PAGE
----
But the problem with having behavioural conditions, like autism spectrum disorders, is that their severity must be measured against a “normal” standard of behaviour. Unlike with a physical disorder, this norm can’t be derived from how we are supposed to function biologically, but how society tells us we are supposed to behave, since society, not biology, is the source of behavioural standards. So what my diagnosis with Asperger’s, considered a less severe form of autism, said about me was that I adhered to society’s definition of “normal” enough to go to mainstream school, and in the future to get qualifications and hopefully a job, but not enough to be treated like everyone else. And this was reflected in the way I was treated.
As you can imagine, this didn’t have a great effect on me. For eight years of my life, I lived like any other child, thought I WAS like any other child, but was treated differently everywhere, from the playground, to the classroom, to the Portacabin where I sometimes attended social skills sessions. And I had no idea why. When the school tried to help me through the social skills sessions and the Special Educational Needs group to which I gave the unloving nickname “Psycho Club” it only made me feel worse about myself. The result? My special interest became conforming. I tried all these different tactics to be like everyone else: pretending to be a tomboy, then pretending to like fashion and make-up, then trying to make people laugh by making a fool of myself…and all I wanted was to be normal.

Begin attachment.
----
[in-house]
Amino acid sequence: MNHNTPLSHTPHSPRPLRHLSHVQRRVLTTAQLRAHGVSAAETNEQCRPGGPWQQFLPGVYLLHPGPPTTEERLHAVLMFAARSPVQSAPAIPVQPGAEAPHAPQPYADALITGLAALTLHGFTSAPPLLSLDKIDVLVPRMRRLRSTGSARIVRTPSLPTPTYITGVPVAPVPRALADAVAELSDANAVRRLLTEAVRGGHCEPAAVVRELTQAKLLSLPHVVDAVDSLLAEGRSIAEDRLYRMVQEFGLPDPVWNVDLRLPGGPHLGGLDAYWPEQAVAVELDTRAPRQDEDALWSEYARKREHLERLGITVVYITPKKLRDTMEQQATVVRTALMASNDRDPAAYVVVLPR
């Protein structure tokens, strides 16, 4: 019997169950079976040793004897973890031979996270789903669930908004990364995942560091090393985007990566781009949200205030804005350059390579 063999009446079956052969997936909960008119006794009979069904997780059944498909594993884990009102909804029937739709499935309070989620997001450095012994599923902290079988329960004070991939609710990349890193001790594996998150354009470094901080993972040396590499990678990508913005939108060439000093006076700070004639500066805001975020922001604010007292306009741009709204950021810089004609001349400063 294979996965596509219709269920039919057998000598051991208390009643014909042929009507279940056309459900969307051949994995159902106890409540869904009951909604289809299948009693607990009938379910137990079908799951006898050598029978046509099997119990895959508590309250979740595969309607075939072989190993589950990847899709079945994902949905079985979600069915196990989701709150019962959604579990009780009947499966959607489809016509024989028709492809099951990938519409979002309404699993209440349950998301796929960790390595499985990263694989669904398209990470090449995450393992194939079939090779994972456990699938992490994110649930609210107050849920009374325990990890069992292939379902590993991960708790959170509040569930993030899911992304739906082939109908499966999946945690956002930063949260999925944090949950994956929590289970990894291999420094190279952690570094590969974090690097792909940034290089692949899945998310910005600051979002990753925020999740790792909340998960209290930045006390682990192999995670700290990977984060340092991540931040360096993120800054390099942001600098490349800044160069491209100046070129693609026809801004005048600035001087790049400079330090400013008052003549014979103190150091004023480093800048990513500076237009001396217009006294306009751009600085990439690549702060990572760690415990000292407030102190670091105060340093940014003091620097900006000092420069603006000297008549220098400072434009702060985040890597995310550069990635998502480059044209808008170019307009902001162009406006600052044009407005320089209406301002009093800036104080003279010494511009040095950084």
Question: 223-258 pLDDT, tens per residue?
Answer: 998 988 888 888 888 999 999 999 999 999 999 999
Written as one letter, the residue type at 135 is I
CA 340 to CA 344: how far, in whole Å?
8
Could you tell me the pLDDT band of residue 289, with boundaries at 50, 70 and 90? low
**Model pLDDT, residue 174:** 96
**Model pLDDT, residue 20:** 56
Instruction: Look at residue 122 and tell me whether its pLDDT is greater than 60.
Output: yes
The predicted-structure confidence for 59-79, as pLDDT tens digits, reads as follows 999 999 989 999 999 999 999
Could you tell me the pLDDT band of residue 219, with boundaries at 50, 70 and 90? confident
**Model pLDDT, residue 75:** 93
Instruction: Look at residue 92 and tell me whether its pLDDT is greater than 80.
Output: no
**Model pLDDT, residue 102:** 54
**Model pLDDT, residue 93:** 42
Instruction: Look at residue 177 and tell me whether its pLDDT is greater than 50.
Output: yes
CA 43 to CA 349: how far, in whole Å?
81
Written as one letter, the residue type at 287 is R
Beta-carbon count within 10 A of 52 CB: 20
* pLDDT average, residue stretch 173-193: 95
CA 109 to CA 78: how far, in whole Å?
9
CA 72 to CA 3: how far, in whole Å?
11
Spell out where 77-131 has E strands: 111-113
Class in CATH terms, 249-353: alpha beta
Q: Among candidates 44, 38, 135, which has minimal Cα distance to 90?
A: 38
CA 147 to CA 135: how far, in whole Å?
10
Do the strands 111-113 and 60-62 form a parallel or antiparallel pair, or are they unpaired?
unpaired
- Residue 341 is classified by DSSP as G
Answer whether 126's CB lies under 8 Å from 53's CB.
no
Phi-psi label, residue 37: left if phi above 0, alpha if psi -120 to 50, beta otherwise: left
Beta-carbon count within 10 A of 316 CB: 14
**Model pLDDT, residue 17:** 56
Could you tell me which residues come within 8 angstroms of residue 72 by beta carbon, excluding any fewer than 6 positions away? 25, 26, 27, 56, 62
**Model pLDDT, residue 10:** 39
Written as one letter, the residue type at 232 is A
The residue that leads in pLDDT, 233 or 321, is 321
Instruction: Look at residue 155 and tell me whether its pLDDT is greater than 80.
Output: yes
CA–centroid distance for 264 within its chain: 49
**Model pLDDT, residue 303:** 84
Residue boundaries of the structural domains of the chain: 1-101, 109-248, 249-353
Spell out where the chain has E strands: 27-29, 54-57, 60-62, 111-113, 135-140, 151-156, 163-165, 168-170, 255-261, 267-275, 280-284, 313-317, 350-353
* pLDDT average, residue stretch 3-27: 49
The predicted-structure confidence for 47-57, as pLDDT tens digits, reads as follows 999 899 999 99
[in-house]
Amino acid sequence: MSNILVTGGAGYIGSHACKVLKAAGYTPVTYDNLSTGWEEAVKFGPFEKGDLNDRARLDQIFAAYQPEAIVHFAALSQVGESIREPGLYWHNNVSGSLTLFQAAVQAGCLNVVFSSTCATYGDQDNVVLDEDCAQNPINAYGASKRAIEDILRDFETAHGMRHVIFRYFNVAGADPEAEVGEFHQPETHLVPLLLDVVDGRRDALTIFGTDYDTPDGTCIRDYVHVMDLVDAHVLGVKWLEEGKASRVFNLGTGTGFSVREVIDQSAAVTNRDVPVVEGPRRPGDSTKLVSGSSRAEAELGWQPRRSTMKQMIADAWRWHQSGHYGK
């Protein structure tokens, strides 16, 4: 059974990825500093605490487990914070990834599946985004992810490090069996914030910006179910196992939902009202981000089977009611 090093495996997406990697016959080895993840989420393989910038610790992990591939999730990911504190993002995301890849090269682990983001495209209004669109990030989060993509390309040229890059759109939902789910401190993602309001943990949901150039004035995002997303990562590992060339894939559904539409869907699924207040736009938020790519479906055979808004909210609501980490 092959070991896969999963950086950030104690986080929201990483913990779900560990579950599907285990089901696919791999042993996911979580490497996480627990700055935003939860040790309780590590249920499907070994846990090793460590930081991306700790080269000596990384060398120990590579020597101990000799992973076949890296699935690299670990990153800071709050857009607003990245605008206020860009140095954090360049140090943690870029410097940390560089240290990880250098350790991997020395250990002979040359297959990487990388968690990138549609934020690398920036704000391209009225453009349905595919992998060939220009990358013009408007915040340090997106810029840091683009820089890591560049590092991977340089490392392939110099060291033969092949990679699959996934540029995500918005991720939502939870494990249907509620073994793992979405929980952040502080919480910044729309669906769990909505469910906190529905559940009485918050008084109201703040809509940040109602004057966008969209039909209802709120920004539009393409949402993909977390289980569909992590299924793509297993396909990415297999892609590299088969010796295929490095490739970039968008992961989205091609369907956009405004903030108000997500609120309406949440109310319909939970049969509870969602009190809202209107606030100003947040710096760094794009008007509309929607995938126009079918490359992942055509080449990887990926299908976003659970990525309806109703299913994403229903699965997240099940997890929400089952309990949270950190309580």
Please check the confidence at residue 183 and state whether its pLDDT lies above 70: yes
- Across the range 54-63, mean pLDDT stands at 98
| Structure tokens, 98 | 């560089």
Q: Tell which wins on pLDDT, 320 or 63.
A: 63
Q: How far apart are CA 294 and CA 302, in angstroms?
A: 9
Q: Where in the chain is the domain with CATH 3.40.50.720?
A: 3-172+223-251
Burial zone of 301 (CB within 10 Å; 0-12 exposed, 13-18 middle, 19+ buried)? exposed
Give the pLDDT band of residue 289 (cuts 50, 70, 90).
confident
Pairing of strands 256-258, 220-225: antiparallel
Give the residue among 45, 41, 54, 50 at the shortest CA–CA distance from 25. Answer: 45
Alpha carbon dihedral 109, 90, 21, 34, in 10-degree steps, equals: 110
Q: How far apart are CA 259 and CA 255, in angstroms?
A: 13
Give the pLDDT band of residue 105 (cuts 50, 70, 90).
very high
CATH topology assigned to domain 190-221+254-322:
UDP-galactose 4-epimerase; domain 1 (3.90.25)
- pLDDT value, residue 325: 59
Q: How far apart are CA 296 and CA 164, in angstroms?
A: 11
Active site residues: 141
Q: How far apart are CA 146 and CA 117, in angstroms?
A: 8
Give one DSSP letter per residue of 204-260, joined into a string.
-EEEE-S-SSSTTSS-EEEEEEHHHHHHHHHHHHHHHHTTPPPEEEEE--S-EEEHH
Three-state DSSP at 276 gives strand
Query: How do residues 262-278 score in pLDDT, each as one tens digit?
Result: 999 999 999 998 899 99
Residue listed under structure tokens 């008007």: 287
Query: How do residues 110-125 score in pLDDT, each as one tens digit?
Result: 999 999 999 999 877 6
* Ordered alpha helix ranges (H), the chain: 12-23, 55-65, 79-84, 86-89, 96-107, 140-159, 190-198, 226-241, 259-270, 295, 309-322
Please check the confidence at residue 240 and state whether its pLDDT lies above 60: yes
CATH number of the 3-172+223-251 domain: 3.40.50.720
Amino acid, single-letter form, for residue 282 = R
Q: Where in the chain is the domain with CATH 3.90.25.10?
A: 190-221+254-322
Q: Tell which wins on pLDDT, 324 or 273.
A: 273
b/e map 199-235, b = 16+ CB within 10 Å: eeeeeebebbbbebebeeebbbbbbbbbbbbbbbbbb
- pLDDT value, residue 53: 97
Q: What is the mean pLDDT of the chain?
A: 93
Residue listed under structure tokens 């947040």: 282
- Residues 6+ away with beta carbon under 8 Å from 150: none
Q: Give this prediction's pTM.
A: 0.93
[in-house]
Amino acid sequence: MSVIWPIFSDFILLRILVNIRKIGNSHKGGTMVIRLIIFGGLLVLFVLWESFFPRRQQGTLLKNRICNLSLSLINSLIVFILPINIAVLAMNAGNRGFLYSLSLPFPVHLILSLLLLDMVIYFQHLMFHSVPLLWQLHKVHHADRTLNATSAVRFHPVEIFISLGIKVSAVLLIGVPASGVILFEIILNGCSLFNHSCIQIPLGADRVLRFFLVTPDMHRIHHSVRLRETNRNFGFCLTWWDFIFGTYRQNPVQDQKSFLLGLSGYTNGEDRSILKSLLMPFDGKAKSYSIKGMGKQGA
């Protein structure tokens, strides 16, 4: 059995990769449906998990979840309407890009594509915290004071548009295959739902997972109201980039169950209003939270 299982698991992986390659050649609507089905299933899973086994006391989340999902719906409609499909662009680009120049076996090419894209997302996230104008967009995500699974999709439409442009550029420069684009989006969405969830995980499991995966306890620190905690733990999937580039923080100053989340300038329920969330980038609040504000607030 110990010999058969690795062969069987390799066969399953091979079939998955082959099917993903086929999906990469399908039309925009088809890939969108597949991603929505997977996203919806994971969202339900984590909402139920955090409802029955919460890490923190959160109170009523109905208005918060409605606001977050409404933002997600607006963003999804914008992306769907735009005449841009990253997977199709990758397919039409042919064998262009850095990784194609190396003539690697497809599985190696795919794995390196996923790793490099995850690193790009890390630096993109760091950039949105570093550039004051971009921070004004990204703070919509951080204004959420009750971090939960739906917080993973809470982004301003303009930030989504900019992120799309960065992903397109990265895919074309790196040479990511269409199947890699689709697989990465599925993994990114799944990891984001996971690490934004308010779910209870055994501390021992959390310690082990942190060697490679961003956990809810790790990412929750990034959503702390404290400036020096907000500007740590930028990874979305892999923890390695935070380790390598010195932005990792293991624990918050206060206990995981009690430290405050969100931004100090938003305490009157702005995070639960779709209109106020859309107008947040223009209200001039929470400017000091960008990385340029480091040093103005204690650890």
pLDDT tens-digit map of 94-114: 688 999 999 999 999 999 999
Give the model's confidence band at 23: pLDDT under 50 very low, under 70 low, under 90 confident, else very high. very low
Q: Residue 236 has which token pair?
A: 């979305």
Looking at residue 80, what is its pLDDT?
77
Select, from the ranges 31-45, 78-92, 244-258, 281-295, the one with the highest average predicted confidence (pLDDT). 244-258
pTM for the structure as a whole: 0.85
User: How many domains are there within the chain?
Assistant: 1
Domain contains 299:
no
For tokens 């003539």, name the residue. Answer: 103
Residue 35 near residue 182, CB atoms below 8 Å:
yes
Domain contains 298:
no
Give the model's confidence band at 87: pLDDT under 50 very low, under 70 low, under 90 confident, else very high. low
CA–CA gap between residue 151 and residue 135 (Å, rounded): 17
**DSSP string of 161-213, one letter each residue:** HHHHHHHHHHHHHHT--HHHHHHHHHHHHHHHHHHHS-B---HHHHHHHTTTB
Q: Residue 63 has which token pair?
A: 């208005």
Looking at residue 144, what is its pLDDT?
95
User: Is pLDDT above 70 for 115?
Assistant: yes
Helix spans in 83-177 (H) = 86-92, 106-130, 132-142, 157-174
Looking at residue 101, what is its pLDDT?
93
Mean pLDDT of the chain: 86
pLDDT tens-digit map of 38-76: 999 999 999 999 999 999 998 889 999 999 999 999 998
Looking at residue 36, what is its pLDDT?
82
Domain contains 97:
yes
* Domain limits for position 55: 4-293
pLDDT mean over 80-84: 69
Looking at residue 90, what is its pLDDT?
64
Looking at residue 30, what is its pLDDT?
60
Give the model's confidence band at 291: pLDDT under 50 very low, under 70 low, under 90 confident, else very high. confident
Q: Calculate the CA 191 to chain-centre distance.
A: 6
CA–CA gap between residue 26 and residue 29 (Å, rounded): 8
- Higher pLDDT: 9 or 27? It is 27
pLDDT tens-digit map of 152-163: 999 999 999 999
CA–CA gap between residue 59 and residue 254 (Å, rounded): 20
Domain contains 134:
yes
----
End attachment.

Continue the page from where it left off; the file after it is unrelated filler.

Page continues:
This only stopped once I found out that I had Asperger’s. This discovery happened totally by accident. We went to the library as a class and I had to choose a non-fiction book, and after much grumbling, I chose one on very basic genetics and psychology called “What Makes Me Me?” There was one paragraph in this book on autism. And I read it, and thought “Oh my God. This…sounds exactly like me!” And there you have it! There were no deep conversations with anyone; I just asked my parents if I was autistic, received “yes” as an answer, and did all the research I wanted to myself.